**Tip: **See also the IDL_Variable::Equals and IDL_Variable::HasValue methods, which provide similar functionality but with an object-oriented interface.

The ARRAY_EQUAL function is a fast way to compare data for equality in situations where the index of the elements that differ are not of interest. This operation is much faster than using TOTAL(A NE B), because it stops the comparison as soon as the first inequality is found, an intermediate array is not created, and only one pass is made through the data.

Arrays may be compared to scalars, in which case each element in the array is compared to the scalar. For two arrays to be equal, they must have the same number of elements. If the types of the operands differ, the type of the least precise is converted to that of the most precise, unless the NO_TYPECONV keyword is specified to prevent it. This function works on all numeric types, strings, pointer references, and object references. In the case of pointer and object references, ARRAY_EQUAL compares the *references* (which are long integers), not the heap variables to which the references point.

**Tip: **If you are comparing an array to a scalar, you should make sure that the scalar has the same data type as the array. Otherwise, if the scalar is a more precise data type, then ARRAY_EQUAL will convert the entire array to that type before doing the comparison.

## Examples

`; Return True (1) if all elements of a are equal to a 0 byte:`

IF ARRAY_EQUAL(a, 0b) THEN ...

`; Return True (1) if all elements of a are equal all elements of b:`

IF ARRAY_EQUAL(a, b) THEN ...

## Syntax

*Result* = ARRAY_EQUAL( *Op1* , *Op2*, /NOT_EQUAL, /NO_TYPECONV, /QUIET )

## Return Value

Returns 1 (true) if, and only if, all elements of *Op1* are equal to *Op2*; returns 0 (false) at the first instance of inequality.

## Arguments

### Op1

The first variable to be compared. *Op1* may be an array or a scalar.

### Op2

The second variable to be compared. *Op2* may be an array or a scalar.

## Keywords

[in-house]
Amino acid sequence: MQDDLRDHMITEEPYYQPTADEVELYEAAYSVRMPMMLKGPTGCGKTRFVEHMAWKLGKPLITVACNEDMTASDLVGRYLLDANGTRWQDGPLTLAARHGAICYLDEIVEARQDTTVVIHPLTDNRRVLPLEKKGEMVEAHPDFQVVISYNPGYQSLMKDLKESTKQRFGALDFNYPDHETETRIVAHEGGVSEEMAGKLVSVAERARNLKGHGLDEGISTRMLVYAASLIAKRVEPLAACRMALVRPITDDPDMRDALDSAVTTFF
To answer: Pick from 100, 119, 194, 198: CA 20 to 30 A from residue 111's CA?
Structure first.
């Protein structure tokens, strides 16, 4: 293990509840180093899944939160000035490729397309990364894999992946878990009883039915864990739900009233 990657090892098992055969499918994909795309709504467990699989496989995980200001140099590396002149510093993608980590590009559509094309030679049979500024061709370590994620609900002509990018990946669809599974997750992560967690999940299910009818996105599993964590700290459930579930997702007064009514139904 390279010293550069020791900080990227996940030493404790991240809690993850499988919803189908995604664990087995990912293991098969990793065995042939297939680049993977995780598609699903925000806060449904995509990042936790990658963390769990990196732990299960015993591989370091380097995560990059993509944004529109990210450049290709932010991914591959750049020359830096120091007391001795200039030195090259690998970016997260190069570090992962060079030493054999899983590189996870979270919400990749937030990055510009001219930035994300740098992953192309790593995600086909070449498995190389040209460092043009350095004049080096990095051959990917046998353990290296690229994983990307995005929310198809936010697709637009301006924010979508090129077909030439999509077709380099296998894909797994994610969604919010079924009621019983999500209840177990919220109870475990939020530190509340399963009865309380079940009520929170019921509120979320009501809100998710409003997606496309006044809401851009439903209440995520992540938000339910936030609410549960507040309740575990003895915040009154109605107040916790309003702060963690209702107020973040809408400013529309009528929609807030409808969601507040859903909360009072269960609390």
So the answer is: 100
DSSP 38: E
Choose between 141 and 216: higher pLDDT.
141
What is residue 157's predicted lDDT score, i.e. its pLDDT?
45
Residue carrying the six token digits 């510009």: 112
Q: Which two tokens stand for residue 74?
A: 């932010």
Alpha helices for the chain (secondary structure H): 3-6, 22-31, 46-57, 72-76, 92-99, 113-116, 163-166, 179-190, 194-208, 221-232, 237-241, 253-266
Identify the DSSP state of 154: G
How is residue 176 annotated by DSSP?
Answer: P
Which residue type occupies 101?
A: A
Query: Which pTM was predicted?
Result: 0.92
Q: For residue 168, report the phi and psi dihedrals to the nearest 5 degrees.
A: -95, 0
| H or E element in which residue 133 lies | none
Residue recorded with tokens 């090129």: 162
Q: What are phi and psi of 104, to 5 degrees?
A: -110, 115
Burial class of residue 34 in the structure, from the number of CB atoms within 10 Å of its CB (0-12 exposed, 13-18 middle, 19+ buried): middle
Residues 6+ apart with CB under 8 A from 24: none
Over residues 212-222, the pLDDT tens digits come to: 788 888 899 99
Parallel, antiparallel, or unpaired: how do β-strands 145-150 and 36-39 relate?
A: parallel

### DIFFERENT_LENGTHS

By default, ARRAY_EQUAL returns 0 if the two variables are arrays with different numbers of elements. Set the DIFFERENT_LENGTHS keyword to evaluate the elements of the two variables with indices valid in the smaller array.

**Note: **The ARRAY_EQUAL function uses 1-D indexing when traversing the variables, so comparing multidimensional arrays will not use multidimensional subsetting.

### NAN

The definition of NaN is that it is a floating point value not equal to any other number, including another NaN. By default, ARRAY_EQUAL follows this definition, returning 0 if the two variables have NaN values at the same indices and are otherwise equal. Set the NAN keyword to treat two NaN values as being equal.

### NOT_EQUAL

By default, ARRAY_EQUAL determines if every element of the two variables are equal. Set the NOT_EQUAL keyword to determine if every element of the two variables are not equal.

**Tip: **The NOT_EQUAL keyword helps to ensure that an array does not contain a certain value. If ARRAY_EQUAL returns 1 (true) then you know that your array does not contain that value. If it returns 0 (false) then you know that the value exists somewhere within the array.

### NO_TYPECONV

By default, ARRAY_EQUAL converts operands of different types to a common type before performing the equality comparison. Set NO_TYPECONV to disallow this implicit type conversion. If NO_TYPECONV is specified, operands of different types are never considered to be equal, even if their numeric values are the same.

### QUIET

By default, ARRAY_EQUAL will throw errors or warnings if the data types do not match and one of the variables cannot be converted to the other type. For example, if you try to compare 5.0 with "abc" or compare an object or pointer to any other type then IDL will issue an error. Set the QUIET keyword to quietly return 0 (false) in all cases where the data cannot be converted.

## Version History

5.4 |
Introduced |

8.4 |
Added NOT_EQUAL and QUIET keywords |

8.8 | Added DIFFERENT_LENGTHS and NAN keywords |